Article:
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Retail sales fall, adding to recovery worries

By Ylan Q. Mui
U.S. retail sales flopped again in June, according to government data released this morning, as drops in auto purchases and gas prices dragged spending down 0.5 percent from a month ago.
This is the second consecutive month of flagging sales, dimming hopes for the consumer revival that is critical to sustain an economic turnaround. But stubbornly high unemployment coupled with the sluggish pace of recovery have weighed heavily on consumers' wallets.

The biggest fall last month came in auto sales, which plunged 2.3 percent. But even excluding motor vehicles, retail sales were still down 0.1 percent.

"There looks to be sort of mild deceleration even into the month of July," said Steven Wieting, managing director of economic and market analysis for Citigroup. "All told this is slowdown material."

Gasoline receipts also pulled down the results, dropping 2 percent in June. Government data shows the average price of regular gasoline declined from $2.86 per gallon in early May to $2.67 in early June, a nearly 7 percent decrease.

But a drop in fuel prices can actually encourage shoppers to spend more discretionary dollars in other areas. June showed a 1.3 percent jump in sales at electronics and appliance stores and a 0.6 percent increase in spending at clothing stores. Sales at general merchandise stores rose 0.2 percent, while drug store receipts rose 0.5 percent.

"What it is showing is there is no trend in consumer spending," said William Cheney, chief economist at John Hancock Life Insurance. "We're at a point in the cycle where we need a new trend -- we need an uptick. This isn't it."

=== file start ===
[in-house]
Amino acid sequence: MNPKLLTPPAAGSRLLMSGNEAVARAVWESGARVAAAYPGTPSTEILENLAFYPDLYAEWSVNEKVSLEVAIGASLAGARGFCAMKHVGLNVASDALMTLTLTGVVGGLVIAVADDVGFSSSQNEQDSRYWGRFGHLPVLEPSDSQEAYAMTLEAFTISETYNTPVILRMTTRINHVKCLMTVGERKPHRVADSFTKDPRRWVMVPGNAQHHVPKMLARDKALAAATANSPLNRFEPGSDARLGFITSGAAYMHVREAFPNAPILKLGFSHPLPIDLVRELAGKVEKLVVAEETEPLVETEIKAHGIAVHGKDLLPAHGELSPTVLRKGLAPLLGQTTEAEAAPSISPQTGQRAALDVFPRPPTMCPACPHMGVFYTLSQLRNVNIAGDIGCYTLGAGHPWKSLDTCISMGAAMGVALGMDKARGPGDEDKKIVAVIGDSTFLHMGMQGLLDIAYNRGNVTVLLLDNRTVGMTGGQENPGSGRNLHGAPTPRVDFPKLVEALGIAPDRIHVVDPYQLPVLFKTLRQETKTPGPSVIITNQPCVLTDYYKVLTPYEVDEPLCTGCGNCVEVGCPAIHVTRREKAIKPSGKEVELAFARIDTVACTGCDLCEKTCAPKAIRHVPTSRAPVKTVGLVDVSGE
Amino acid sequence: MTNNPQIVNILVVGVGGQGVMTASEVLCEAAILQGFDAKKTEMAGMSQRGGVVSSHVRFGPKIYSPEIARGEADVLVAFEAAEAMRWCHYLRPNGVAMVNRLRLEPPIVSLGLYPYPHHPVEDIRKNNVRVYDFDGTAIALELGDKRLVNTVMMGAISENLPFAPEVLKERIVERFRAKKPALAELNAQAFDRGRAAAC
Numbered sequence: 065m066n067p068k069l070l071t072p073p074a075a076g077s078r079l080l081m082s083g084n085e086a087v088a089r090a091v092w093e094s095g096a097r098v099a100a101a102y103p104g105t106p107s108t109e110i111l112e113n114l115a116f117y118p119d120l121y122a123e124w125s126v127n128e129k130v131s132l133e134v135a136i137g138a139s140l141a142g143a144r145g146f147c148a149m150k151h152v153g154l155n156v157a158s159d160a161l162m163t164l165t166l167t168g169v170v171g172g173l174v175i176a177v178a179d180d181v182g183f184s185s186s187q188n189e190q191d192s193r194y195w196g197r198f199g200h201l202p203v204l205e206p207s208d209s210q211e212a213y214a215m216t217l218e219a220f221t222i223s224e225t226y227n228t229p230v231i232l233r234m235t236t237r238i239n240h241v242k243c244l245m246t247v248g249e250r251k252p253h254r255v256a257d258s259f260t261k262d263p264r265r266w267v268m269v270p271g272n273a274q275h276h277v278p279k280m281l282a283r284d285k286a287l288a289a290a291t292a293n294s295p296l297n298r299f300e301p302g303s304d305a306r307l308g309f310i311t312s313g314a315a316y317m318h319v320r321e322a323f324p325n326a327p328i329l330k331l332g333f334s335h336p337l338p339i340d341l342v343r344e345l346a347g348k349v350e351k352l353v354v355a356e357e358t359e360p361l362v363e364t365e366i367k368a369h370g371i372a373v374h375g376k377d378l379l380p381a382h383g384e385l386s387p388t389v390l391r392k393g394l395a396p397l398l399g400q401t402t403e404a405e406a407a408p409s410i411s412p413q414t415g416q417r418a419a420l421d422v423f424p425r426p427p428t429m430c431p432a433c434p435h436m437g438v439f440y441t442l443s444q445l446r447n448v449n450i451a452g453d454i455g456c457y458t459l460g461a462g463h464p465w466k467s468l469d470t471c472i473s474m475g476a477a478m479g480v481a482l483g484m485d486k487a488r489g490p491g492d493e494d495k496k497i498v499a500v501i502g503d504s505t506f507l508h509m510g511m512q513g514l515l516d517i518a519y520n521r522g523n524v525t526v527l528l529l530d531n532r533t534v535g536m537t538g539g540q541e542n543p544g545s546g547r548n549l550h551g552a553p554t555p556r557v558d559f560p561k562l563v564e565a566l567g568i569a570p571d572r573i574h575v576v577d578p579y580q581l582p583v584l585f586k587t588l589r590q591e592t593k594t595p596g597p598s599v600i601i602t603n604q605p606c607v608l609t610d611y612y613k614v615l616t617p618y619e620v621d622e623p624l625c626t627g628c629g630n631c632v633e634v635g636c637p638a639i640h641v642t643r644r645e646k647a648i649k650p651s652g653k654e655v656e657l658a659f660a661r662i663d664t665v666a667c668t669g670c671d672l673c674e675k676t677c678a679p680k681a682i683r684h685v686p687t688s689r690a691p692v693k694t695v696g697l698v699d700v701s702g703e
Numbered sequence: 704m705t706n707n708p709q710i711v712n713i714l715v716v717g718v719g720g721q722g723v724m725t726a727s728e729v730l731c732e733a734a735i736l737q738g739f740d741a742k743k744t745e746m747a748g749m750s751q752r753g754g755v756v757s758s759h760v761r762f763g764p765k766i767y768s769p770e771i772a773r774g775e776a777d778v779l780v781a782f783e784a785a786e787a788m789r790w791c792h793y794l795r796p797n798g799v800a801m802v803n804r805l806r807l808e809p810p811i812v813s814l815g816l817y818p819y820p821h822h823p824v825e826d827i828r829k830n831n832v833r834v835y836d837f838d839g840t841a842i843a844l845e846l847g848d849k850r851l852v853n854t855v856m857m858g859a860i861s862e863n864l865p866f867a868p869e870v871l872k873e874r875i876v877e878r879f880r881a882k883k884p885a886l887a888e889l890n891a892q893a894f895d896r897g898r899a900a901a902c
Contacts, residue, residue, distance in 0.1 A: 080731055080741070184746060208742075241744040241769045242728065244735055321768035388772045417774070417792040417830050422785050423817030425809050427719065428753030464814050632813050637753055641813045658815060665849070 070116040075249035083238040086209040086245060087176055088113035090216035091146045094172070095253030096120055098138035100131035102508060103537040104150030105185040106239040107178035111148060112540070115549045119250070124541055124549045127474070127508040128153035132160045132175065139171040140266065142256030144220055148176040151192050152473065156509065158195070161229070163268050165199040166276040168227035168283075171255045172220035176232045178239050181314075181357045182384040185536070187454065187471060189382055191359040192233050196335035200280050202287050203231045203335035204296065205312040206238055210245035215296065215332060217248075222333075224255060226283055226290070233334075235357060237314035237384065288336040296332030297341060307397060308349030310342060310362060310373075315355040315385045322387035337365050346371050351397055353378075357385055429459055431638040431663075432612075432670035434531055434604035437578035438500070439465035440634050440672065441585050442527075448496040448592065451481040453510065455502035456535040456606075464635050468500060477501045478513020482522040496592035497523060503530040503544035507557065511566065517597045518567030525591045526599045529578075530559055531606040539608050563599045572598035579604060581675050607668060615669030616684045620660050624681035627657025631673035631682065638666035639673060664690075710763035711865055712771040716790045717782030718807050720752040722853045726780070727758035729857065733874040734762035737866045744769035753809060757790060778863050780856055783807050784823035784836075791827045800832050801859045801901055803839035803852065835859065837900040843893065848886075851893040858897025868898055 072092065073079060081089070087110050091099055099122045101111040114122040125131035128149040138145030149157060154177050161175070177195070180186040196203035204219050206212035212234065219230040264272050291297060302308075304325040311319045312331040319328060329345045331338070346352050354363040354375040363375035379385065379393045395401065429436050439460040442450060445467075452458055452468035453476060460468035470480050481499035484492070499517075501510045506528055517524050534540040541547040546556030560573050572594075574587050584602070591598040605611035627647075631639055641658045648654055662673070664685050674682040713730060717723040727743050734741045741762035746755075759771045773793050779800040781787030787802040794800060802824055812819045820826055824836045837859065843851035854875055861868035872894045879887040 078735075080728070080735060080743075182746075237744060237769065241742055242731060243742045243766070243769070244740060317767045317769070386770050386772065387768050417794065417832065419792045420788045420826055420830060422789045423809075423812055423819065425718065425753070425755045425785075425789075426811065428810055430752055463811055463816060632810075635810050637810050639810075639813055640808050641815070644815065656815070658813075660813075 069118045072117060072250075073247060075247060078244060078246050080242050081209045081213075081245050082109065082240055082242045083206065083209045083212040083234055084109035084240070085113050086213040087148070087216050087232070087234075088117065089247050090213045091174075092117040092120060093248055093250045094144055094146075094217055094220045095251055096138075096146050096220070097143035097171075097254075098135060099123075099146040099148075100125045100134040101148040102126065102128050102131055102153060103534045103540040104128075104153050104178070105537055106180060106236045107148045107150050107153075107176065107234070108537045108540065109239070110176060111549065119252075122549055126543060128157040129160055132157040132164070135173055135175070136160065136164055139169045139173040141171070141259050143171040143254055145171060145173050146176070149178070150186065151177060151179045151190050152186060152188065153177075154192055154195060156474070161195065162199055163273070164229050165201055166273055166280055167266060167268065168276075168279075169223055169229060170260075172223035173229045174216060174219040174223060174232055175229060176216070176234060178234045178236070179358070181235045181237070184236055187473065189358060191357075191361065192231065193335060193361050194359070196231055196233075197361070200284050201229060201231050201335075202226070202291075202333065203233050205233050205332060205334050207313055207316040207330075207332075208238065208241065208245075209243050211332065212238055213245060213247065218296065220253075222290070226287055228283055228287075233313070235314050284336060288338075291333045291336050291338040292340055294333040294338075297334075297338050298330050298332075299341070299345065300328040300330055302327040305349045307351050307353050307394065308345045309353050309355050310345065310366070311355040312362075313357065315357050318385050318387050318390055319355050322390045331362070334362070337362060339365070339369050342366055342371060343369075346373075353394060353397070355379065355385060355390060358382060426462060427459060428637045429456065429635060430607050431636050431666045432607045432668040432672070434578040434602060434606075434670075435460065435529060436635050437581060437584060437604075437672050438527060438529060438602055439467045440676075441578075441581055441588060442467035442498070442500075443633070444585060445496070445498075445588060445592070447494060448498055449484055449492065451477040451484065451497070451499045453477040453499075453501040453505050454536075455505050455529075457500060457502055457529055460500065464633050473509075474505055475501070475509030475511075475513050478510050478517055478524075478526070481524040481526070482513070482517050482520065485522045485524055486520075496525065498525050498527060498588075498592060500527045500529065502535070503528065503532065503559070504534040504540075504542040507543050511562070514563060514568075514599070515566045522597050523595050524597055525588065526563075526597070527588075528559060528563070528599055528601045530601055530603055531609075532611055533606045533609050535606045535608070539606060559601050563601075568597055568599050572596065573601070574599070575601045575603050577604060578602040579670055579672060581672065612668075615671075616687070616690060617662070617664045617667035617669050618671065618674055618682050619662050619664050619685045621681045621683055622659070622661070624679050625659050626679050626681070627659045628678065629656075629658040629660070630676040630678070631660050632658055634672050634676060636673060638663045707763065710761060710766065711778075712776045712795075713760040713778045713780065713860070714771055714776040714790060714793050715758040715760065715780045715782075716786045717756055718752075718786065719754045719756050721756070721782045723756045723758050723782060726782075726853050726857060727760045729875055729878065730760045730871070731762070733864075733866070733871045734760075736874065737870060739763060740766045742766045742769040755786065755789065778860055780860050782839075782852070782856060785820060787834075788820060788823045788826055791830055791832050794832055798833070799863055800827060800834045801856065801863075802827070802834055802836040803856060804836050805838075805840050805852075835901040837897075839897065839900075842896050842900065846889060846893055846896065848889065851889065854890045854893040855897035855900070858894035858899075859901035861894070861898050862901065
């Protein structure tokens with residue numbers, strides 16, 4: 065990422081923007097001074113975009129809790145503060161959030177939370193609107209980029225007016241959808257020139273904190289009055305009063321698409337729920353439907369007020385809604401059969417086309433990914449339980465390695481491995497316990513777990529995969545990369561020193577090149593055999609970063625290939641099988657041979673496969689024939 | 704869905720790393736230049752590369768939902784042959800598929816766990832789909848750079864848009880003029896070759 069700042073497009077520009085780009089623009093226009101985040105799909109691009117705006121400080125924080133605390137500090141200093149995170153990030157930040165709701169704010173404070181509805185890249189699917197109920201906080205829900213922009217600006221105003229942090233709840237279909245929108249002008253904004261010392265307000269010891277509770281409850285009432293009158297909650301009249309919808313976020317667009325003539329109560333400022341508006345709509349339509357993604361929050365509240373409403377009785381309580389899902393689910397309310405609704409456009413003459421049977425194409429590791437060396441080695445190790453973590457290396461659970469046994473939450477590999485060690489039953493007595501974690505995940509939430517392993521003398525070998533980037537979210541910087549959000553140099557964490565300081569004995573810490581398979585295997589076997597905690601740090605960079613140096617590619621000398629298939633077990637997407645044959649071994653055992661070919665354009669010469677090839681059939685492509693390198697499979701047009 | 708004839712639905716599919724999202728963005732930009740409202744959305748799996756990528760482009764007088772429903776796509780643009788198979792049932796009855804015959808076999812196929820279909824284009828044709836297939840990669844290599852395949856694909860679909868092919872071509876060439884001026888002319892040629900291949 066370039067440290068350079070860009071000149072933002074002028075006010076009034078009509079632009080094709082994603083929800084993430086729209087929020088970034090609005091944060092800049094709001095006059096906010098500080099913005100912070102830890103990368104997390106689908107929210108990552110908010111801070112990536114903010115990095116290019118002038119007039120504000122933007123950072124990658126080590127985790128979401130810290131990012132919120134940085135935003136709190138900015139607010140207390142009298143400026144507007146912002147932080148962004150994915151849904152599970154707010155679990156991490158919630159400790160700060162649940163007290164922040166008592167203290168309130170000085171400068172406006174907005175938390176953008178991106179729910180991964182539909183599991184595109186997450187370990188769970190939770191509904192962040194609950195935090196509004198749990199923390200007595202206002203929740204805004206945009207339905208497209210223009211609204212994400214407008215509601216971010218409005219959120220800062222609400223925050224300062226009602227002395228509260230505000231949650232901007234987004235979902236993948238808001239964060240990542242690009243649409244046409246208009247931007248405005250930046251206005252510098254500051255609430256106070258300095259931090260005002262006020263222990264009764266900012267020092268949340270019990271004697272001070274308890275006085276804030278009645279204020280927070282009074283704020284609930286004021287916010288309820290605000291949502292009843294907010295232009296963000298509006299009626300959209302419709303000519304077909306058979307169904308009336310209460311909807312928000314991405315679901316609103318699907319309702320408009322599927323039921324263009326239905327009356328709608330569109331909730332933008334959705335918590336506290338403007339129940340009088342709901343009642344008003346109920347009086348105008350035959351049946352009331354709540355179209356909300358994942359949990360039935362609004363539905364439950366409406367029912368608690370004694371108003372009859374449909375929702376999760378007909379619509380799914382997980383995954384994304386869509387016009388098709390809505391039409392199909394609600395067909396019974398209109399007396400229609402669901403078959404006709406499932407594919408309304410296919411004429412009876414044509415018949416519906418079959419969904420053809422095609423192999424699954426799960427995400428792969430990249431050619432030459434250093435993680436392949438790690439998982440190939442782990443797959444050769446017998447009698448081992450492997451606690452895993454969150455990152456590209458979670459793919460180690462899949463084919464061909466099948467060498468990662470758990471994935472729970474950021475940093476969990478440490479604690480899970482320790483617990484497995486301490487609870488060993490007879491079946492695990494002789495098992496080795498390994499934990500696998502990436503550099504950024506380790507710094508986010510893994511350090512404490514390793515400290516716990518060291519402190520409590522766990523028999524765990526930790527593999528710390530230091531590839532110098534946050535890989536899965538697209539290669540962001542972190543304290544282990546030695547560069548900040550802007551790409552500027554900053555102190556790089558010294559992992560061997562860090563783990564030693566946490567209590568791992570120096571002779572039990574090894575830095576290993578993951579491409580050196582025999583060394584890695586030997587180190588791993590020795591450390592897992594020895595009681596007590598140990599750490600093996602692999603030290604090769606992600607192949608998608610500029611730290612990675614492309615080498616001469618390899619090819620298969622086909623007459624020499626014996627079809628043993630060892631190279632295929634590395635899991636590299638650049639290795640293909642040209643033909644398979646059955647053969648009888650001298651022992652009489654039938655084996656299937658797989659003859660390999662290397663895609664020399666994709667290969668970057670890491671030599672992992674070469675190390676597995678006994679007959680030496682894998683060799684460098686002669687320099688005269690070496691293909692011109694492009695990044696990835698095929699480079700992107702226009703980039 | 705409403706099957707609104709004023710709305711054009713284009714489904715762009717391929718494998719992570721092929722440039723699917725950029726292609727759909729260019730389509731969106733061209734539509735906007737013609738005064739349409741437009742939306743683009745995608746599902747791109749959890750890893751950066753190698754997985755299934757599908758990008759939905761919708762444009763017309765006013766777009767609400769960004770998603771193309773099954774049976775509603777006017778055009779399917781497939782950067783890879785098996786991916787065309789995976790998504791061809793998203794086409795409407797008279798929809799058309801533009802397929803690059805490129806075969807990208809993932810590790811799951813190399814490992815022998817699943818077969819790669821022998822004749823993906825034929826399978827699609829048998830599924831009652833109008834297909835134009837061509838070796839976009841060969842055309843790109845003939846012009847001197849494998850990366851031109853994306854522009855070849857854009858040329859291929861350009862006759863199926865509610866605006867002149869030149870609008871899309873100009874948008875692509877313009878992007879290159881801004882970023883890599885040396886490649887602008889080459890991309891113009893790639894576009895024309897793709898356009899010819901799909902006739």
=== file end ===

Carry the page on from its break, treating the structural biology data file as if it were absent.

The breathing room created by lower gas prices is particularly important in a stagnant job market with little wage growth to fuel new spending. Consumers also seem unwilling -- or perhaps unable -- to tap into their credit cards or other loans to boost their disposable income. Americans' outstanding credit card debt dropped in May to $831 billion, down 4 percent from the end of last year, according to government data released last week.

In a June survey by consulting firm Kantar Retail, 47 percent of consumers said they have seen no change in household income. But about 18 percent said they felt worse off about their credit card debt, up two percentage points from the previous month.

Economists had hoped that shoppers' spending freeze was beginning to thaw after the holiday season as retail sales posted several consecutive months of solid gains. Some of that was driven by government stimulus money that has now phased out, such as the homebuyer tax credit that spurred jumps in sales at building and material stores.

Andrew Wolf, retail and consumer analyst for BB&T Capital Markets, called June's retail sales a "slowdown in momentum" but noted that the numbers are an improvement over a year ago in nearly every category. Total retail sales are up 4.8 percent from June 2009, while auto sales have risen 6.8 percent and furniture stores are up 1.7 percent.

Wolf said that makes him more confident about the prospects for the second half of the year.
"There's still a recovery underway," he said.

By Ylan Q. Mui  |  July 14, 2010; 11:01 AM ET
 
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Comments

My wallet is just fine but I refuse to participate in the insane American lifestyle of spending every last penny without regard for the future. I'd rather save now and have enough to pay my bills when things get even worse.

Posted by: alientech | July 14, 2010 4:52 PM | Report abuse

Note to Americans:

Do not resume spending if it is on your CC cards. Don't feed the financial hogs who are attempting to rob you blind with 20% interest charges on their "free" money from the government. The only way to stick it to the banks that stole from taxpayers without releasing capital is to pay down the debt and let them rot.

Posted by: theobserver4 | July 14, 2010 5:11 PM | Report abuse

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